Atlanta: A city that has long been earmarked for an expansion franchise, the Atlanta Silverbacks of NASL have a sparkling new soccer complex that can be expanded. Owner of the Atlanta Falcons, Arthur Blank, has proposed a soccer team coming to the newly developed Falcons stadium in downtown ATL. If it could be similar to the way BC Place is adapted for the Whitecaps, that would be pretty awesome.

source:
Will MLS be head over heels for Orlando?

MIDWEST

Oklahoma City: In terms of soccer in the Midwest, OKC is embracing the world’s sport like no other. Over the past month, USL Pro and NASL have set up rival franchises in the city as they aim to bring MLS to town one day. The support for both teams will be analyzed over the coming years and Oklahoma would certainly be an interesting option for MLS expansion.

St. Louis: There is no professional soccer team in St. Louis, and there are no plans for one either. But that doesn’t mean there are no soccer fans in STL. Oh no. We saw a huge crowd of over 48,000 pack Busch Stadium when Manchester City and Chelsea visited earlier this summer for a friendly and the sports mad town could definitely have some awesome rivalries with Chicago and Kansas City. Why not St. Louis?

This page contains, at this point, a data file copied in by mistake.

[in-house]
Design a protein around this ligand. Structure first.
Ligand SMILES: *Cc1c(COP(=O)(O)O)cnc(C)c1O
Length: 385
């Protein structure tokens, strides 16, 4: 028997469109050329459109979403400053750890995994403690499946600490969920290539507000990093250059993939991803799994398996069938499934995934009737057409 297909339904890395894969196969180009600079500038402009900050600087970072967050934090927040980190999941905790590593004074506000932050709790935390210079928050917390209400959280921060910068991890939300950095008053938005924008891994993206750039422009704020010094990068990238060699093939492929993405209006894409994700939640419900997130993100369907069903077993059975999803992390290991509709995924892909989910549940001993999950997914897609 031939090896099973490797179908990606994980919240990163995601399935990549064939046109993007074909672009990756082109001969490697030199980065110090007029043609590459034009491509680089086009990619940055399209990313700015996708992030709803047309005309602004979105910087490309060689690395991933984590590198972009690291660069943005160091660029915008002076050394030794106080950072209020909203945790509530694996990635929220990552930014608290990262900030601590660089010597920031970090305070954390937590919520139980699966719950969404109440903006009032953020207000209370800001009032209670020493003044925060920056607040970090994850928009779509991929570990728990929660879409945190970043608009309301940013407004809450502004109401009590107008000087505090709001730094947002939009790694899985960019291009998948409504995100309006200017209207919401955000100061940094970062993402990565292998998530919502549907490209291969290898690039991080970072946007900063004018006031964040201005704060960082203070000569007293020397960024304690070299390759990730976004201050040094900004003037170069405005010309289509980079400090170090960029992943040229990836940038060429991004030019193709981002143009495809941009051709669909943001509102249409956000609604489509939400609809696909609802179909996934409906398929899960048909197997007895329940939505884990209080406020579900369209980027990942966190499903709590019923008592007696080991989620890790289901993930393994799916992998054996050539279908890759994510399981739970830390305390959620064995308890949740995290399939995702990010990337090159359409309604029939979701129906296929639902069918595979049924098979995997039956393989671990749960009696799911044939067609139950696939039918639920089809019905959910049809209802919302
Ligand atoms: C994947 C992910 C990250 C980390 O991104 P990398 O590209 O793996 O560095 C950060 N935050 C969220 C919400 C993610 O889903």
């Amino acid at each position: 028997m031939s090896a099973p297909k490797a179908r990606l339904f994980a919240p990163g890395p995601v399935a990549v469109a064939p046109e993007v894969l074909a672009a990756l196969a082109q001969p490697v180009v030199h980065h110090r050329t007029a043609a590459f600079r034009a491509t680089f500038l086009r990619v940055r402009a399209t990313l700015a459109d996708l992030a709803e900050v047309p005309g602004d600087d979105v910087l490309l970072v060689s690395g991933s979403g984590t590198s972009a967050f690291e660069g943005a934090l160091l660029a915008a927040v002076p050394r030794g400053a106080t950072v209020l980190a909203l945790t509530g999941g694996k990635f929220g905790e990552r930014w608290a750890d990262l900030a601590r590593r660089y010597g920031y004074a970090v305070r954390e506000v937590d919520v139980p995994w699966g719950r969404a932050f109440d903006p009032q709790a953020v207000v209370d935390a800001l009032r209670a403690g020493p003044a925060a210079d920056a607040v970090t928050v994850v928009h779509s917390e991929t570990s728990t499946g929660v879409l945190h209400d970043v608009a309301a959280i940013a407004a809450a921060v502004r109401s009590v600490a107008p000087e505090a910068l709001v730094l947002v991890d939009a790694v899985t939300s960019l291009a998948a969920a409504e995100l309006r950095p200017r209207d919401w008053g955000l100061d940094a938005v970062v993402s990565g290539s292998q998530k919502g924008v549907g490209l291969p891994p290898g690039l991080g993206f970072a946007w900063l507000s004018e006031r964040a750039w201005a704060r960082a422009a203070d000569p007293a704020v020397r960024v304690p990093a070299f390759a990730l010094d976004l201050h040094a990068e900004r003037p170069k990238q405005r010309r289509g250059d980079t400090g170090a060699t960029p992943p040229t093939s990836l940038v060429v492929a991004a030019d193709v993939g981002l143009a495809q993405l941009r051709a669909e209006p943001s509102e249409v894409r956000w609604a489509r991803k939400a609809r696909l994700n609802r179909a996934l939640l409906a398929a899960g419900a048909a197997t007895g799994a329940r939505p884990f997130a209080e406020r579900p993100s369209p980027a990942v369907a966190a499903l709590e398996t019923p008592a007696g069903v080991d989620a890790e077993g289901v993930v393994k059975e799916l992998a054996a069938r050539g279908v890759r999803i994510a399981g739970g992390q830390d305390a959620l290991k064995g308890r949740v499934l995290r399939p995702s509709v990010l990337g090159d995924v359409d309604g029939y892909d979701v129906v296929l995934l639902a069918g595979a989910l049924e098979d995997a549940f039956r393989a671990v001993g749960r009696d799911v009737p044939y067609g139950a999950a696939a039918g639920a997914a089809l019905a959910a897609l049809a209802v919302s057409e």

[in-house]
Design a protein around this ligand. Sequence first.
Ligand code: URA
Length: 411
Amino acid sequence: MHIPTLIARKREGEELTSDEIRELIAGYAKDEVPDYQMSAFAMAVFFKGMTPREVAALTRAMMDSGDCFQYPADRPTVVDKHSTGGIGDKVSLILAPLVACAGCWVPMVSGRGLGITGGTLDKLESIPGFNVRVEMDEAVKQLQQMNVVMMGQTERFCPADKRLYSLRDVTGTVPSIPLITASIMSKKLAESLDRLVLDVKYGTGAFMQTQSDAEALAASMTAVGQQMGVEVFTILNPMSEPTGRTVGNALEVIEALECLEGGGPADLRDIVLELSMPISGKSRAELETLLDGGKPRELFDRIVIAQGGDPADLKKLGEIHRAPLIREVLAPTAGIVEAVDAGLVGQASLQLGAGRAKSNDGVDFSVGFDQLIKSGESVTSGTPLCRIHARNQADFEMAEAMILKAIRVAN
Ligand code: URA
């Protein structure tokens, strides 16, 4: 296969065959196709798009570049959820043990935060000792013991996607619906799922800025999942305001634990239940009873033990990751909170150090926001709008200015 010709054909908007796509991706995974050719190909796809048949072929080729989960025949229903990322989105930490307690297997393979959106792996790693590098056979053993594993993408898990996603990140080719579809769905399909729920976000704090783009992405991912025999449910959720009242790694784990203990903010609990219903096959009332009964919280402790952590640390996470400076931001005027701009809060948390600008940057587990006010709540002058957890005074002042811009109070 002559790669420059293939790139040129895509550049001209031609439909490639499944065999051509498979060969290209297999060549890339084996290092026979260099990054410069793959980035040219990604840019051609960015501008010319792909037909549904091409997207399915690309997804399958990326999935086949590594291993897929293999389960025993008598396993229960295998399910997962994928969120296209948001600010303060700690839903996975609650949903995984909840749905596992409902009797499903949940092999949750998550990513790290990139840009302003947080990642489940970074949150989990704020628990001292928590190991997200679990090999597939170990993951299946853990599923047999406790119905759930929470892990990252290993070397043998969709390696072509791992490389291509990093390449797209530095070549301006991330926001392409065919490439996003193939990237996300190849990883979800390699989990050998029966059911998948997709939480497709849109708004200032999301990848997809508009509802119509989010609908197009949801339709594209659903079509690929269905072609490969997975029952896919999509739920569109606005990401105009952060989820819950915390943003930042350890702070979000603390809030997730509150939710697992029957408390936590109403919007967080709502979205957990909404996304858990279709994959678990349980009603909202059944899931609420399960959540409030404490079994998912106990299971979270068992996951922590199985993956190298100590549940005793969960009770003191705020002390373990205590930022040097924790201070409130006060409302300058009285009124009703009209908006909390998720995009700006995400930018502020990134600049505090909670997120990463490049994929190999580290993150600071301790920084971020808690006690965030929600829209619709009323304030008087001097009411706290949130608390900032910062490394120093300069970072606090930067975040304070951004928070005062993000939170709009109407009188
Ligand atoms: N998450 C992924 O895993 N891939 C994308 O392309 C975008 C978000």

Minneapolis: Minnesota United, Minnesota Stars and all the other name changes it has gone through, the Twin Cities have long been home to second and third-tier soccer teams. Can it make the jump up to MLS? A possible stadium link up with the Vikings has been mooted, but will there be enough fans to fill a 20,000 plus soccer-specific stadium week in, week out?

Indianapolis: Chelsea play Inter Milan at the Lucas Oil Stadium later today and the Indy Eleven franchise will start NASL play next season. Indy is definitely becoming a soccer obsessed city. The MLS SuperDraft was there in January and this town would also provide a great link between the East coast and the cities of Chicago and KC.

Detroit: Plans for a new downtown soccer stadium are close to being submitted in Detroit, as soccer fans in the Motor City have been causing quite a stir for sometime. A NPSL side, Detroit City, regularly attracts over 5,000 fans and the atmosphere created for a minor-league soccer team is incredible. A dark horse for MLS expansion?